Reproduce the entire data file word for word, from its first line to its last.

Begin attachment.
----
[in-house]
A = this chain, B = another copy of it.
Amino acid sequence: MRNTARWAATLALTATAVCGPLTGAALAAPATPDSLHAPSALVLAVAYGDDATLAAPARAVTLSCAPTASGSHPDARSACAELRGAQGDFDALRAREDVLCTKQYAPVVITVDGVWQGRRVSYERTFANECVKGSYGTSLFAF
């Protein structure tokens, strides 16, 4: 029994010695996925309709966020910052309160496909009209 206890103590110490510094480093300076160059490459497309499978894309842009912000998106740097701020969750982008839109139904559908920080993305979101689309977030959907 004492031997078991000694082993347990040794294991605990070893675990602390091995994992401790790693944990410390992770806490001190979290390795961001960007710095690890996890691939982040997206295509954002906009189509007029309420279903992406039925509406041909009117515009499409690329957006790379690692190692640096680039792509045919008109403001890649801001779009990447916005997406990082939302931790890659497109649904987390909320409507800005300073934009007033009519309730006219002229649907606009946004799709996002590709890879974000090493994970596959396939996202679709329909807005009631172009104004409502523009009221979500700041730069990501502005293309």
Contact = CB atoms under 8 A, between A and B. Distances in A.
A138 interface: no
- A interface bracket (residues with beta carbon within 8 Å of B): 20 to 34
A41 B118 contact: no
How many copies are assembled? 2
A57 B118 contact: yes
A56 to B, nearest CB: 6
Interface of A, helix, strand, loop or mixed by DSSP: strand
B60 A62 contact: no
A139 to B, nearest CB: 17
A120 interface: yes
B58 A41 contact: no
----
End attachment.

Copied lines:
[in-house]
A = this chain, B = another copy of it.
Amino acid sequence: MRNTARWAATLALTATAVCGPLTGAALAAPATPDSLHAPSALVLAVAYGDDATLAAPARAVTLSCAPTASGSHPDARSACAELRGAQGDFDALRAREDVLCTKQYAPVVITVDGVWQGRRVSYERTFANECVKGSYGTSLFAF
């Protein structure tokens, strides 16, 4: 029994010695996925309709966020910052309160496909009209 206890103590110490510094480093300076160059490459497309499978894309842009912000998106740097701020969750982008839109139904559908920080993305979101689309977030959907 004492031997078991000694082993347990040794294991605990070893675990602390091995994992401790790693944990410390992770806490001190979290390795961001960007710095690890996890691939982040997206295509954002906009189509007029309420279903992406039925509406041909009117515009499409690329957006790379690692190692640096680039792509045919008109403001890649801001779009990447916005997406990082939302931790890659497109649904987390909320409507800005300073934009007033009519309730006219002229649907606009946004799709996002590709890879974000090493994970596959396939996202679709329909807005009631172009104004409502523009009221979500700041730069990501502005293309």
Contact = CB atoms under 8 A, between A and B. Distances in A.
A138 interface: no
- A interface bracket (residues with beta carbon within 8 Å of B): 20 to 34
A41 B118 contact: no
How many copies are assembled? 2
A57 B118 contact: yes
A56 to B, nearest CB: 6
Interface of A, helix, strand, loop or mixed by DSSP: strand
B60 A62 contact: no
A139 to B, nearest CB: 17
A120 interface: yes
B58 A41 contact: no